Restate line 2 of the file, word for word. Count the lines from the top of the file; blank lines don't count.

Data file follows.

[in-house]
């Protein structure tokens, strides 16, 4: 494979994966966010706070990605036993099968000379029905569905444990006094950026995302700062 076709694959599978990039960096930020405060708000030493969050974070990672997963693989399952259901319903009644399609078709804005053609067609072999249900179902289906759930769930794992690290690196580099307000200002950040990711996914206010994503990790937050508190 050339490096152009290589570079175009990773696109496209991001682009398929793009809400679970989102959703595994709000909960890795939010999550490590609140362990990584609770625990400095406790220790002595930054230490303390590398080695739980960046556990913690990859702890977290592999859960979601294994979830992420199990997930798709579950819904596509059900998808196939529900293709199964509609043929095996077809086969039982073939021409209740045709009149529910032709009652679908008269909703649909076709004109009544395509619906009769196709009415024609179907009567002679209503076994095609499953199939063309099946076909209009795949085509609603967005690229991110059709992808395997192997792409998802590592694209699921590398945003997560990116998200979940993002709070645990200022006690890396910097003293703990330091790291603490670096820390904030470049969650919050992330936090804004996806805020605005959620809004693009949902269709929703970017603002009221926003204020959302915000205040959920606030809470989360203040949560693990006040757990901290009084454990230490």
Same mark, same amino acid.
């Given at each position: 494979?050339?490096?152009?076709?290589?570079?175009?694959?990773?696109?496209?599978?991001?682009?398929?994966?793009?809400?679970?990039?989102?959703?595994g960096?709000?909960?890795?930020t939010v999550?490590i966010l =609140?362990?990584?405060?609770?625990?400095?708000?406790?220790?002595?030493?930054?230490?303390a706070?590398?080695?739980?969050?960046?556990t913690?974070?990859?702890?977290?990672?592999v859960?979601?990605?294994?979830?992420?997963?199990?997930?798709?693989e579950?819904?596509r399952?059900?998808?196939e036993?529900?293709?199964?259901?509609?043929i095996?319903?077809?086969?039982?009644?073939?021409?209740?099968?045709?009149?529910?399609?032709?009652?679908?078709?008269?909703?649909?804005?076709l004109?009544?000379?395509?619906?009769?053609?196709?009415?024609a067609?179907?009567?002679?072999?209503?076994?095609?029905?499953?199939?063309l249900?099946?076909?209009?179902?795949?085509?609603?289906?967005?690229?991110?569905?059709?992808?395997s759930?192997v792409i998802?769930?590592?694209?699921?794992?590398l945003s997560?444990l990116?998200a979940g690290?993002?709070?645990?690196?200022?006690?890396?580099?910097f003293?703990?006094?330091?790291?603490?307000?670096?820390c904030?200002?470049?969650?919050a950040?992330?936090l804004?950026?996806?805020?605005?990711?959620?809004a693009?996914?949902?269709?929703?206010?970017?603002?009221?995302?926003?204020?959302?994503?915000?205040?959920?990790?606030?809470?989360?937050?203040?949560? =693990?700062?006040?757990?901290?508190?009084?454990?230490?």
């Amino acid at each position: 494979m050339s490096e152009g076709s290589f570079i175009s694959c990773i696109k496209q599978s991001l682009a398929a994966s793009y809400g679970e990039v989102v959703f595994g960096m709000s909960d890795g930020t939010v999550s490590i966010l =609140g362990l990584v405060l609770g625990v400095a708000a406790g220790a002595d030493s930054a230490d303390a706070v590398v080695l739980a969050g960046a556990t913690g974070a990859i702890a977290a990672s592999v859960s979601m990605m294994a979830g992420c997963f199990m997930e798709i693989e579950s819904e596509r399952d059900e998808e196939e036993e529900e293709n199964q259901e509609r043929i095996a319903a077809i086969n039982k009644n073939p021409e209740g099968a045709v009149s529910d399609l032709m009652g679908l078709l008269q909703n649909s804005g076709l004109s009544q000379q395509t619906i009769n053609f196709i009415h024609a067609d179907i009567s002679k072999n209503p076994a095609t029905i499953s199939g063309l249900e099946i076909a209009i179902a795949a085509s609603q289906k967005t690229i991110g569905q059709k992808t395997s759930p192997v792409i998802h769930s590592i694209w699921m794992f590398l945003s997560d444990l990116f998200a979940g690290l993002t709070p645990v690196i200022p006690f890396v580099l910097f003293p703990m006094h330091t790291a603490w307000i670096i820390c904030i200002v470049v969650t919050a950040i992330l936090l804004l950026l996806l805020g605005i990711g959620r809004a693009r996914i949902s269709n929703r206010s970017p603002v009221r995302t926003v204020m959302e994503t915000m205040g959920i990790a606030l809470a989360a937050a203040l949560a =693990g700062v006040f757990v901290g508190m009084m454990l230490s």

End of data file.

């Protein structure tokens, strides 16, 4: 494979994966966010706070990605036993099968000379029905569905444990006094950026995302700062 076709694959599978990039960096930020405060708000030493969050974070990672997963693989399952259901319903009644399609078709804005053609067609072999249900179902289906759930769930794992690290690196580099307000200002950040990711996914206010994503990790937050508190 050339490096152009290589570079175009990773696109496209991001682009398929793009809400679970989102959703595994709000909960890795939010999550490590609140362990990584609770625990400095406790220790002595930054230490303390590398080695739980960046556990913690990859702890977290592999859960979601294994979830992420199990997930798709579950819904596509059900998808196939529900293709199964509609043929095996077809086969039982073939021409209740045709009149529910032709009652679908008269909703649909076709004109009544395509619906009769196709009415024609179907009567002679209503076994095609499953199939063309099946076909209009795949085509609603967005690229991110059709992808395997192997792409998802590592694209699921590398945003997560990116998200979940993002709070645990200022006690890396910097003293703990330091790291603490670096820390904030470049969650919050992330936090804004996806805020605005959620809004693009949902269709929703970017603002009221926003204020959302915000205040959920606030809470989360203040949560693990006040757990901290009084454990230490």